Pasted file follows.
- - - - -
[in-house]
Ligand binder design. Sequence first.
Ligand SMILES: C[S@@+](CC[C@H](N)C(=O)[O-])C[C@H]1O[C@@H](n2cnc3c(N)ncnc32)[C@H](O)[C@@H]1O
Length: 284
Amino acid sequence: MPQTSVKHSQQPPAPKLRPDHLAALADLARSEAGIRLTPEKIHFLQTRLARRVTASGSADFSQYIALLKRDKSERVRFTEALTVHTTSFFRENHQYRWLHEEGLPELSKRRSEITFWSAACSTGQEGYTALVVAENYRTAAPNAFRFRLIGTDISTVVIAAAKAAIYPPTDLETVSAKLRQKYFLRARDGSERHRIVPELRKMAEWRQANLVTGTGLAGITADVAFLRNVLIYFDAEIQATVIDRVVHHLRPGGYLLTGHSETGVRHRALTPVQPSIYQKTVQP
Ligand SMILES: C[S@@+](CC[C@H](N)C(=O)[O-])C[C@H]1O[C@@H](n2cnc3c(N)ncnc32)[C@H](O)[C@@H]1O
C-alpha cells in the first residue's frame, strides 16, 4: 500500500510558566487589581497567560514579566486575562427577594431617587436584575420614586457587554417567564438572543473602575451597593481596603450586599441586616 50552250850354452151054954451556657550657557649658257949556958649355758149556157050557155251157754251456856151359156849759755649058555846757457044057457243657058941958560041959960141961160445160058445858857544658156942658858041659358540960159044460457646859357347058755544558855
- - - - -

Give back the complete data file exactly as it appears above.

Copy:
[in-house]
Ligand binder design. Sequence first.
Ligand SMILES: C[S@@+](CC[C@H](N)C(=O)[O-])C[C@H]1O[C@@H](n2cnc3c(N)ncnc32)[C@H](O)[C@@H]1O
Length: 284
Amino acid sequence: MPQTSVKHSQQPPAPKLRPDHLAALADLARSEAGIRLTPEKIHFLQTRLARRVTASGSADFSQYIALLKRDKSERVRFTEALTVHTTSFFRENHQYRWLHEEGLPELSKRRSEITFWSAACSTGQEGYTALVVAENYRTAAPNAFRFRLIGTDISTVVIAAAKAAIYPPTDLETVSAKLRQKYFLRARDGSERHRIVPELRKMAEWRQANLVTGTGLAGITADVAFLRNVLIYFDAEIQATVIDRVVHHLRPGGYLLTGHSETGVRHRALTPVQPSIYQKTVQP
Ligand SMILES: C[S@@+](CC[C@H](N)C(=O)[O-])C[C@H]1O[C@@H](n2cnc3c(N)ncnc32)[C@H](O)[C@@H]1O
C-alpha cells in the first residue's frame, strides 16, 4: 500500500510558566487589581497567560514579566486575562427577594431617587436584575420614586457587554417567564438572543473602575451597593481596603450586599441586616 50552250850354452151054954451556657550657557649658257949556958649355758149556157050557155251157754251456856151359156849759755649058555846757457044057457243657058941958560041959960141961160445160058445858857544658156942658858041659358540960159044460457646859357347058755544558855